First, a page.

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how to clean reclaimed deck wood, most likely cedar

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Forum topic by fire77aa posted 07-25-2014 01:14 PM 2933 views 0 times favorited 15 replies Add to Favorites Watch
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fire77aa

8 posts in 864 days


07-25-2014 01:14 PM

Topic tags/keywords: question tip cedar finishing sanding rustic cleaning wood

Hi everyone im extremely new to any kind of wood working and finally have a little time to start on some personal projects. anyway I acquired a good amount of 2×6 and 2×10 deck wood that has that older look to it that I really like. some of the wood is raised and other pieces are smoother and I noticed some pieces had some grease caked on to it where im assuming they had a grill above it. my neighbor is a carpenter and said he would help me build a bar with it but I wanted to prepare the wood before he helped me build. I wanna keep that raised older wood look to it and maybe seal it with some sort of semi gloss to protect it, it would be kept inside a screened in patio however I was told by a friend that I needed to clean the wood extremely well with tri sodium phosphate and not sand it or else whatever sealer I use it wont stick to the wood, but im worried ill damage the wood with chemicals. I need advice on the best way to clean it or prep it and the best sealant to use when were done building, I was told to use bartop epoxy for the top but what about everything else since the epoxy is pour on only? Please help!! sorry its so lengthy been looking for answers but responses with google are limited haha, and finally decided to join a forum. Thanks for all who respond!!


15 replies so far

View mahdee's profile

mahdee

3551 posts in 1230 days


#1 posted 07-25-2014 01:23 PM

Do they have paint or anything on them? I assume if no paint, then sealer had been used. You can use poly for the top and the rest,

-- earthartandfoods.com

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fire77aa

8 posts in 864 days


#2 posted 07-25-2014 02:11 PM

the majority of them don’t have paint, most of the boards seem old enough to where it wasn’t resealed over time, What about cleaning the wood so the poly will stick?

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fire77aa

8 posts in 864 days


#3 posted 07-25-2014 02:14 PM

Thank You for the response @mrjinx007 !!! Ill go with poly as a sealer, thinking of what to seal with has been a huge part of battle for me hahaha.

View Mike Throckmorton's profile

Mike Throckmorton

124 posts in 1127 days


#4 posted 07-25-2014 02:25 PM

I would take a piece, cut an end off and take a look at what’s inside just to make sure it’s not treated wood and, secondarily, to confirm it looks like cedar.

-- You are never complete, you just draw a line where done is and stop at that line.

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fire77aa

8 posts in 864 days


#5 posted 07-25-2014 05:32 PM

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fire77aa

8 posts in 864 days


#6 posted 07-25-2014 05:33 PM

Those are two different pieces I cut in to. Any thoughts on exactly what wood it looks like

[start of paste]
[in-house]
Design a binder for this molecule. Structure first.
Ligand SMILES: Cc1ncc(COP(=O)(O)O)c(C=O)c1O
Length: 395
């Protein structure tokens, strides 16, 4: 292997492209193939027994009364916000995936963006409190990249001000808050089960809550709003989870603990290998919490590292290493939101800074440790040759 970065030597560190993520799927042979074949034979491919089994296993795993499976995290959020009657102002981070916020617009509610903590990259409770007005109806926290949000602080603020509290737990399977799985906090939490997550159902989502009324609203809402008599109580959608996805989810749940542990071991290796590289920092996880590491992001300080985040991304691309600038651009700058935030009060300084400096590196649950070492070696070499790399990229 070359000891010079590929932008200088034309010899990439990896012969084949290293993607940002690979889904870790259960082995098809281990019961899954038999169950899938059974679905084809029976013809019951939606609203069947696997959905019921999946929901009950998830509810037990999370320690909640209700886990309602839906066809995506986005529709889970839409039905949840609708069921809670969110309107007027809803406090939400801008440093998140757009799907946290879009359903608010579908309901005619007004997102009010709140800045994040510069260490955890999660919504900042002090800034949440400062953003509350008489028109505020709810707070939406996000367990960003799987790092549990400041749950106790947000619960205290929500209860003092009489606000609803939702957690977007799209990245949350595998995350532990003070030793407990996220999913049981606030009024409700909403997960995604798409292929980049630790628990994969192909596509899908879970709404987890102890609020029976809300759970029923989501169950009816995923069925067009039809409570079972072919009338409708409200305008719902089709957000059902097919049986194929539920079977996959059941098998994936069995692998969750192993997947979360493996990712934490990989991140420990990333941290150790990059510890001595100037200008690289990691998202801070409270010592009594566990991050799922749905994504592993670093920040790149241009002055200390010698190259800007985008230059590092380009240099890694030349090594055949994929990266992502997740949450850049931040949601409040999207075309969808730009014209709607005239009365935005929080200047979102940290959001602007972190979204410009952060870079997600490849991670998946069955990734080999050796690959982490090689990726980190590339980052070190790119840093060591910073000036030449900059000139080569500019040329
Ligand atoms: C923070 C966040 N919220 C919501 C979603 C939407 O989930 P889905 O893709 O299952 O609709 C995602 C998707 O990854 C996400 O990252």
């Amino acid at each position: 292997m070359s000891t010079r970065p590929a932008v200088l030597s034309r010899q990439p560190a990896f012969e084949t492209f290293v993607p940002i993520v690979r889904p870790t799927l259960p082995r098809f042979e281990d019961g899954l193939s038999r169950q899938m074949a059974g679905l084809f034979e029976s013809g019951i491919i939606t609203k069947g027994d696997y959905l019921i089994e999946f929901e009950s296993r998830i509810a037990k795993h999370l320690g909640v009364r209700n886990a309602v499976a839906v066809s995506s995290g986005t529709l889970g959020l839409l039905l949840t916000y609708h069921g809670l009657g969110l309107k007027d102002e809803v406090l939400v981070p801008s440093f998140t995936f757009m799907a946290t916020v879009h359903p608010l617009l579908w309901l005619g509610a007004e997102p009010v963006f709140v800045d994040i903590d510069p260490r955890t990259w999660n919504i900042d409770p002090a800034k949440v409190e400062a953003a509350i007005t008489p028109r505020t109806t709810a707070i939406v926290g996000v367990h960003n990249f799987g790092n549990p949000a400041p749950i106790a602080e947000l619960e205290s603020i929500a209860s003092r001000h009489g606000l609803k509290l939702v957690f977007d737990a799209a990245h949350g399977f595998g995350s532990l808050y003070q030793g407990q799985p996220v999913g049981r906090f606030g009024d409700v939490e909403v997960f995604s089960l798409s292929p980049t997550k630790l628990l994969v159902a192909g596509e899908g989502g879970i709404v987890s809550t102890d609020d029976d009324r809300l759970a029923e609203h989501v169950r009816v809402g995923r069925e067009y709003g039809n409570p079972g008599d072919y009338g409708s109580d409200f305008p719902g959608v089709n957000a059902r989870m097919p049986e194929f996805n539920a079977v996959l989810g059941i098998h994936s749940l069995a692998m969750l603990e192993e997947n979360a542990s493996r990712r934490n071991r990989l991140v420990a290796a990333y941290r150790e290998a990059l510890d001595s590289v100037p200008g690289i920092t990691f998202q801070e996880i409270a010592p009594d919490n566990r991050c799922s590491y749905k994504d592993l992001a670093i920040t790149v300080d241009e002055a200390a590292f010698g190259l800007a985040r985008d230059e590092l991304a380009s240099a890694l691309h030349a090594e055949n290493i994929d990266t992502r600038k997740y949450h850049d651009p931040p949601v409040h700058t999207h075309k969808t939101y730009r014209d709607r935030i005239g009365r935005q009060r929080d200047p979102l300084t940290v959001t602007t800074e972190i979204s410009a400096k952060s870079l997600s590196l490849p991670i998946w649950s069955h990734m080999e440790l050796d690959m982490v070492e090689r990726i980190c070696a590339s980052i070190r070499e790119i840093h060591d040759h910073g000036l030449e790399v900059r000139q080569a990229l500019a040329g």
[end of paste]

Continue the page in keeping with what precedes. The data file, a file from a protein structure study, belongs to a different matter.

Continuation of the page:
View timbertailor's profile

timbertailor

1592 posts in 887 days


#7 posted 07-25-2014 06:31 PM

I would pull old “girty” out and belt sand it within an inch of its life!

Only way to make sure you have a good surface to start from. I would never plane something that rough and full of potential dirt debris.

-- Brad, Texas, https://www.youtube.com/user/tonkatoytruck/feed

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hhhopks

645 posts in 1840 days


#8 posted 07-25-2014 07:53 PM

I recycled the cedar from my kids’ playground. After removing the hardware and nails, I just run it through the rough planer (has chip blades already) and call it good (couple times through at the last setting). Save the good planer blade for fine work.

-- I'll be a woodworker when I grow up. HHHOPKS

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JoeinGa

7481 posts in 1470 days


#9 posted 07-25-2014 08:20 PM

Pressure wash it!

-- Perform A Random Act Of Kindness Today ... Pay It Forward

View Mike Throckmorton's profile

Mike Throckmorton

124 posts in 1127 days


#10 posted 07-29-2014 03:14 PM

Well, if not exactly cedar, it looks darn close.

The end grain looks cedary and the peach fuzz around the cut are symptomatic.

-- You are never complete, you just draw a line where done is and stop at that line.

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fire77aa

8 posts in 864 days


#11 posted 08-04-2014 11:49 AM

Thanks timbertailor, hhhopks, joeinga, and mike. Y’all have been a huge help with this. I am definitely going to try and learn as much as I can from everyone at this site.

View Beatnik's profile

Beatnik

37 posts in 864 days


#12 posted 08-04-2014 01:33 PM

Sandblasting will give you that raised grain look.

View fire77aa's profile

fire77aa

8 posts in 864 days


#13 posted 08-06-2014 11:41 AM

That’s looks pretty nice.

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timbertailor

1592 posts in 887 days


#14 posted 08-06-2014 02:21 PM

Keep us posted on your project progress! Have fun.

-- Brad, Texas, https://www.youtube.com/user/tonkatoytruck/feed

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fire77aa

8 posts in 864 days


#15 posted 08-06-2014 03:09 PM

Definitely, I’ll be taking progress pics

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